During recent decades, however, the traditional version of the Hippocratic Oath has fallen into disuse in medical schools partly because portions of it are obsolete, practically speaking (few doctors nowadays are called upon to support their aging teachers), and partly because, with regard to such issues as physician-assisted suicide, many doctors now believe that killing can be a legitimate form of curing, or at least of alleviating misery — something that would have shocked their predecessors. So most medical school graduates nowadays either write their own oaths or use a version of an updated oath composed in 1964 by Louis Lasagna, a dean at Tufts University’s medical school. Needless to say, Asclepius is gone, and on first reading, this contemporary oath may actually come across as more compassionate than the ancient one.
Among the ethical standards a newly minted physician promises to uphold, he will apply all measures called for, “avoiding the twin traps of over-treatment and therapeutic nihilism,” and the young doctor will “remember that there is art to medicine as well as science, and that warmth, sympathy, and understanding may outweigh the surgeon’s knife or the chemist’s drug.” The physician blithley notes that it may also “be within my power to take a life” and that this is an “awesome responsibility” that must be faced with “awareness of my own frailty.”
This is an oath for the world of Grey’s Anatomy. It relies for moral force on the language of feeling and emotion, upon the “heartstrings” that, as Leon Kass points out, the traditional Hippocratic Oath avoided. Besides “warmth, sympathy, and understanding,” the new oath invokes the “joy of healing” and the physician’s capacity to “enjoy life and art.” The practitioner’s own feelings become paramount. This might not be an oath that is going to be of much use when compassion fatigue sets in, as it will, even for the most dedicated physicians. Couldn’t our young doctors benefit from bringing back Asclepius, more astringent, to be sure, but ultimately more compassionate?
Compassion Isn’t for Sissies: Hospice and L’Arche
Compassion in medicine often consists of the simplest of gestures that reassure the sick and the disabled that they remain valuable and are not beyond the love of the healthy and the non-disabled. Two examples, both dating perhaps coincidentally to the mid-1960s, are the hospice movement of comfort care for the dying and L’Arche, a network of religiously based communal houses in which mentally disabled people and their caregivers live together and share lives.
Cicely Saunders, a nurse and medical social worker during the 1940s, founded the modern hospice movement. It grew out of a kind of love story with its roots in the horrors of World War II. Working in a London hospital, Saunders met David Tasma, a Pole who had escaped from the Warsaw ghetto and fled to Britain during the war, only to find himself dying of cancer in excruciating pain on her ward a few years later. Although Tasma’s English was poor, the two talked and talked. She helped him make his peace with God, and when he was gone, she resolved to find a better way for the dying to spend their last days, as comfortable and free from pain as possible and surrounded by care and love. So was born the modern hospice movement.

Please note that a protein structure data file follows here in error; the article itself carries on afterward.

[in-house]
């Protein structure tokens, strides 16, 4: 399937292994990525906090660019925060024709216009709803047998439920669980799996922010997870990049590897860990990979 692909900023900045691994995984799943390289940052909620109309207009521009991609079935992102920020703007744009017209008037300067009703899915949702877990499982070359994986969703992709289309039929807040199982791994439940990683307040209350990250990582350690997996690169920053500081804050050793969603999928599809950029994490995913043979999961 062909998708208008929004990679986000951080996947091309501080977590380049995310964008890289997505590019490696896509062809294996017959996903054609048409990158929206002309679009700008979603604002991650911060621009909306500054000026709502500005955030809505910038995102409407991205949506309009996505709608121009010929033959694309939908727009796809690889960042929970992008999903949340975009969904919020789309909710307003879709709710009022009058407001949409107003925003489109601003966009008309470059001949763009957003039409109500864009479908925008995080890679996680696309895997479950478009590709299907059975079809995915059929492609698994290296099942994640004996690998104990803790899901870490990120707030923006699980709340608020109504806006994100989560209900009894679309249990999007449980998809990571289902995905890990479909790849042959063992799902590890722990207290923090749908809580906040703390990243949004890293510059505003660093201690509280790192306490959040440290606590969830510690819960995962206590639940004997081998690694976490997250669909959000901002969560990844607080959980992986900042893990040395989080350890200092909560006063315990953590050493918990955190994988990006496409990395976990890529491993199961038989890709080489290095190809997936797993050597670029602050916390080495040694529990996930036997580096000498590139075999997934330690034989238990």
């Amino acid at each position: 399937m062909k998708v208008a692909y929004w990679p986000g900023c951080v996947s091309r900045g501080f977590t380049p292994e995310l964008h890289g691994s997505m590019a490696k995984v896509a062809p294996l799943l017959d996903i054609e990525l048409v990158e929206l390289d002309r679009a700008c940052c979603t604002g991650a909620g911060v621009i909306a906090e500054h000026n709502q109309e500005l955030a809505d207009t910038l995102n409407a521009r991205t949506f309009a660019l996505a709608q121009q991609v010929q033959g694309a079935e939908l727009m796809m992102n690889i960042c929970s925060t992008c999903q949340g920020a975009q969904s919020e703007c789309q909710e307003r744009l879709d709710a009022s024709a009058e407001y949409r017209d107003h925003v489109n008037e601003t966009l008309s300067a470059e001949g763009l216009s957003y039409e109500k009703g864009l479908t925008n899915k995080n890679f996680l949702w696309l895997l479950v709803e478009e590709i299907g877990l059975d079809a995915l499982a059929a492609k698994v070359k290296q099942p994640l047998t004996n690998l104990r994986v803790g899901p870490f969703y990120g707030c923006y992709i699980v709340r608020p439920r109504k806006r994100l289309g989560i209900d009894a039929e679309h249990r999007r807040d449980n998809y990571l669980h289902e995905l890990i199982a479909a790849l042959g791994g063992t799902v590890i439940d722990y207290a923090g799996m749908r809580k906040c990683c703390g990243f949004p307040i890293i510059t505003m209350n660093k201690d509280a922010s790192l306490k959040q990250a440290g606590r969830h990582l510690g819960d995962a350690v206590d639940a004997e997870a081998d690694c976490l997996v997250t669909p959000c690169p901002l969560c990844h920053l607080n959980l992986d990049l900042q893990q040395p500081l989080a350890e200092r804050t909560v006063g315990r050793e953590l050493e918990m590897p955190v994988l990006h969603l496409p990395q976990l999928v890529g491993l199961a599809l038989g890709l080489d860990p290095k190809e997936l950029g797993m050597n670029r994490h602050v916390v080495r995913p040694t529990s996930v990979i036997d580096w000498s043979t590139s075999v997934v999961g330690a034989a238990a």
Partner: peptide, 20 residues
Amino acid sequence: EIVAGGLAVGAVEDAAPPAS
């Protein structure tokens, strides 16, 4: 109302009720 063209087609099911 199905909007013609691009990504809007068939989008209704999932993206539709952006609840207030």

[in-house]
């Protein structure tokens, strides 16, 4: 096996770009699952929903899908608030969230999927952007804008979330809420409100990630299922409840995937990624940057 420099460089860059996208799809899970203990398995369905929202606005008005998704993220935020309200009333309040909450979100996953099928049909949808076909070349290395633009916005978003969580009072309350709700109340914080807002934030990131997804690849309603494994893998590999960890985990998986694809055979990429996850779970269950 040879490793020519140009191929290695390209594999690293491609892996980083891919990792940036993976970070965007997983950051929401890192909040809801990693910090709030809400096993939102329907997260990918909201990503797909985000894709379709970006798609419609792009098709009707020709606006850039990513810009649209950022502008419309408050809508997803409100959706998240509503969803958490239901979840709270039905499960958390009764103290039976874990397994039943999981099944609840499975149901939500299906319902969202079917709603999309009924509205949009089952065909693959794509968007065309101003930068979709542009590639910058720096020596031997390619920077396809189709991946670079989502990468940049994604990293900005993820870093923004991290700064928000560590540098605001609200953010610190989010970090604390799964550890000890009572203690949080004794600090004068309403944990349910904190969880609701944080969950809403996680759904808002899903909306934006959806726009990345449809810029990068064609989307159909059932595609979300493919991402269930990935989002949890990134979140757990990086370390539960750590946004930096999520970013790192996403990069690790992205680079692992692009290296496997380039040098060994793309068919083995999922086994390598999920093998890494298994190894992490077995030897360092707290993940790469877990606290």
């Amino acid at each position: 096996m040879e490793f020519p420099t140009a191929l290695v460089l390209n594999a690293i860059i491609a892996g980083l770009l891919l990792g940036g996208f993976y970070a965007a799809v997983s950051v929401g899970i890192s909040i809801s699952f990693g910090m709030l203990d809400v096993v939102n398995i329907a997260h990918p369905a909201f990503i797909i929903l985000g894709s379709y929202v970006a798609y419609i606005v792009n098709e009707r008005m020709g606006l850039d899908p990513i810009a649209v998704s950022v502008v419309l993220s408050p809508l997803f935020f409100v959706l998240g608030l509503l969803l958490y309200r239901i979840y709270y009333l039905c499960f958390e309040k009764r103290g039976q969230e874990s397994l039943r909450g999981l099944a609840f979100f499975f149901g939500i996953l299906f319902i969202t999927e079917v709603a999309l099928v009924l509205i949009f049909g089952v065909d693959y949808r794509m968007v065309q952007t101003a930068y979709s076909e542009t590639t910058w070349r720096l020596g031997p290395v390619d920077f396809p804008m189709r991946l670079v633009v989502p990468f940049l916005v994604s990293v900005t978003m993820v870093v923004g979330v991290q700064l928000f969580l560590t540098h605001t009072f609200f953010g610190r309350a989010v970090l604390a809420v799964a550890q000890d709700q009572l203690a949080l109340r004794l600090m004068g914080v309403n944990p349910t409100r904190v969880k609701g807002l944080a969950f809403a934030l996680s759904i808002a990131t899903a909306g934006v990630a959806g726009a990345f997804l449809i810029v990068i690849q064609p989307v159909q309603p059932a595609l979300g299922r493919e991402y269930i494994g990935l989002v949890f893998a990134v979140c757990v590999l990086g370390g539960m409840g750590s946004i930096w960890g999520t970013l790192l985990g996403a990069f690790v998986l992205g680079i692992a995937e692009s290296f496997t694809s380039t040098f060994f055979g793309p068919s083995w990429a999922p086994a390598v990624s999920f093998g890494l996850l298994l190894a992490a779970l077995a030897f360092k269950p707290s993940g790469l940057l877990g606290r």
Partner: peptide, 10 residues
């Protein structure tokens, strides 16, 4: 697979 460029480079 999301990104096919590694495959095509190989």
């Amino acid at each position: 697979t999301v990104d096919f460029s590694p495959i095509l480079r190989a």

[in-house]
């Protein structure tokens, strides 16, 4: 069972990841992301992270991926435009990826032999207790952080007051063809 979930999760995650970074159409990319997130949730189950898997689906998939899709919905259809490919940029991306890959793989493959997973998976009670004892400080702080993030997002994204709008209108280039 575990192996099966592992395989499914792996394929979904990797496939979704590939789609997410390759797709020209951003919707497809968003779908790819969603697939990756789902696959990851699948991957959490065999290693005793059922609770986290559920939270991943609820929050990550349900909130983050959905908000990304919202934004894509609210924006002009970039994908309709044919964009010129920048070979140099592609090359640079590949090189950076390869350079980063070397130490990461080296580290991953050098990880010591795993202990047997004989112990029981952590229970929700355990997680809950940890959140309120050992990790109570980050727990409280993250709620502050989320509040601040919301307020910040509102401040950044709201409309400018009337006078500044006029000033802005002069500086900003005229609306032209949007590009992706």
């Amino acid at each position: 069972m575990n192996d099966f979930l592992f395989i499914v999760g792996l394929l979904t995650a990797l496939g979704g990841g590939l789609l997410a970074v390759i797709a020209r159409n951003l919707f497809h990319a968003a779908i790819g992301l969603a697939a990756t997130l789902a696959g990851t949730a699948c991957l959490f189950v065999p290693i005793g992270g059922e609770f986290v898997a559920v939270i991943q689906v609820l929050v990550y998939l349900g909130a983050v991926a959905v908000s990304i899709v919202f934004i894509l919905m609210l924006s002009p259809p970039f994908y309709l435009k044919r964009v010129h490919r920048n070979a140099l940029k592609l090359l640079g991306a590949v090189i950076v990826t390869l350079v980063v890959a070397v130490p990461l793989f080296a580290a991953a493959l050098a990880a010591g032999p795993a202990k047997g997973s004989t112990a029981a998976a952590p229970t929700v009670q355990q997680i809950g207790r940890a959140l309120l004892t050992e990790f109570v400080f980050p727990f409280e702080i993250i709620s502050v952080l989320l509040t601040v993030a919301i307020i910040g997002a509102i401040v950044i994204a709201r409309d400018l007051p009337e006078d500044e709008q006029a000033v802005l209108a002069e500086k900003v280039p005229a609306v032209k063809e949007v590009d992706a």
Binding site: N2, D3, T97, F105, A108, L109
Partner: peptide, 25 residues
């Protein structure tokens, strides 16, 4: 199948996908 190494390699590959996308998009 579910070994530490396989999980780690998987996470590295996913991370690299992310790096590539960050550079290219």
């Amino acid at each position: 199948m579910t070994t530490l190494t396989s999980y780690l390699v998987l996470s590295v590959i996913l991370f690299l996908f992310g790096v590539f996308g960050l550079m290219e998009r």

After Tasma’s death, Saunders trained as a physician, and she used her pharmacological studies in medical school to pioneer the notion that the dying deserved to receive as much in the way of painkilling drugs — “palliative care,” in Saunders’s words — as they needed, even morphine and other opiates that many doctors had used only sparingly for fear of creating addictions. Hospice care for the dying had existed in limited form for centuries, mostly in institutions operated by Catholic nuns, but the nuns were typically not medically trained and knew little about pain management. In hospitals, physicians tended to give up on the dying, whose cases they regarded as beyond their powers of healing — or they employed repeated burdensome interventions to extend the lives of dying patients by a few days. They also tended to ignore pain control, which was not even taught at most medical schools, and when they did administer injections, it was often too little too late.
Saunders believed that people in the last stages of terminal illness needed places to die in peace and comfort, where the main medical aim would be not to take drastic steps to prolong life but to alleviate pain or reduce it to a minimum by the controlled administration of drugs so that patients remained alert until the end. The 1960s marked the growth of the euthanasia movement, and many argued that suicide should be an acceptable solution to the problem of chronic, intractable suffering. Saunders, a fervent evangelical Christian, was adamantly opposed to euthanasia, and she proposed hospice, palliative care, and diligent nursing as the more loving way to allow the terminally ill to die with dignity. She also argued that a peaceful natural death in a pleasant facility, not a busy hospital ward, helped both the dying person and survivors to come to terms with the inevitable mentally and spiritually.